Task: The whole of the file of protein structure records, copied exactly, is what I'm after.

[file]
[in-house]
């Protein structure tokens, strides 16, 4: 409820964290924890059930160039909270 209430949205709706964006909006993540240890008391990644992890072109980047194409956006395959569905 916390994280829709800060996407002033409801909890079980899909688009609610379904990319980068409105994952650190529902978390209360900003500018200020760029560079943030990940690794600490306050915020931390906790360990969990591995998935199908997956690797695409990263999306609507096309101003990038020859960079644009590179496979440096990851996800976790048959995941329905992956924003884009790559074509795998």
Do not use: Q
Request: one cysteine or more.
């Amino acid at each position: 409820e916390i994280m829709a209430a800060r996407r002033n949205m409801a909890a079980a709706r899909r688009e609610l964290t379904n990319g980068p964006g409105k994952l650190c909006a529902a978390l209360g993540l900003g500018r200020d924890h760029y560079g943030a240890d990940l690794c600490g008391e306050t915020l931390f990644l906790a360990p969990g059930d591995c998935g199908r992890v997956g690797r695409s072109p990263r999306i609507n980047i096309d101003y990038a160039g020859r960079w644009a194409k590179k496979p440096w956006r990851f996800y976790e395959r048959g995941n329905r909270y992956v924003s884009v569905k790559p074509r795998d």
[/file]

[in-house]
């Protein structure tokens, strides 16, 4: 409820964290924890059930160039909270 209430949205709706964006909006993540240890008391990644992890072109980047194409956006395959569905 916390994280829709800060996407002033409801909890079980899909688009609610379904990319980068409105994952650190529902978390209360900003500018200020760029560079943030990940690794600490306050915020931390906790360990969990591995998935199908997956690797695409990263999306609507096309101003990038020859960079644009590179496979440096990851996800976790048959995941329905992956924003884009790559074509795998």
Do not use: Q
Request: one cysteine or more.
């Amino acid at each position: 409820e916390i994280m829709a209430a800060r996407r002033n949205m409801a909890a079980a709706r899909r688009e609610l964290t379904n990319g980068p964006g409105k994952l650190c909006a529902a978390l209360g993540l900003g500018r200020d924890h760029y560079g943030a240890d990940l690794c600490g008391e306050t915020l931390f990644l906790a360990p969990g059930d591995c998935g199908r992890v997956g690797r695409s072109p990263r999306i609507n980047i096309d101003y990038a160039g020859r960079w644009a194409k590179k496979p440096w956006r990851f996800y976790e395959r048959g995941n329905r909270y992956v924003s884009v569905k790559p074509r795998d």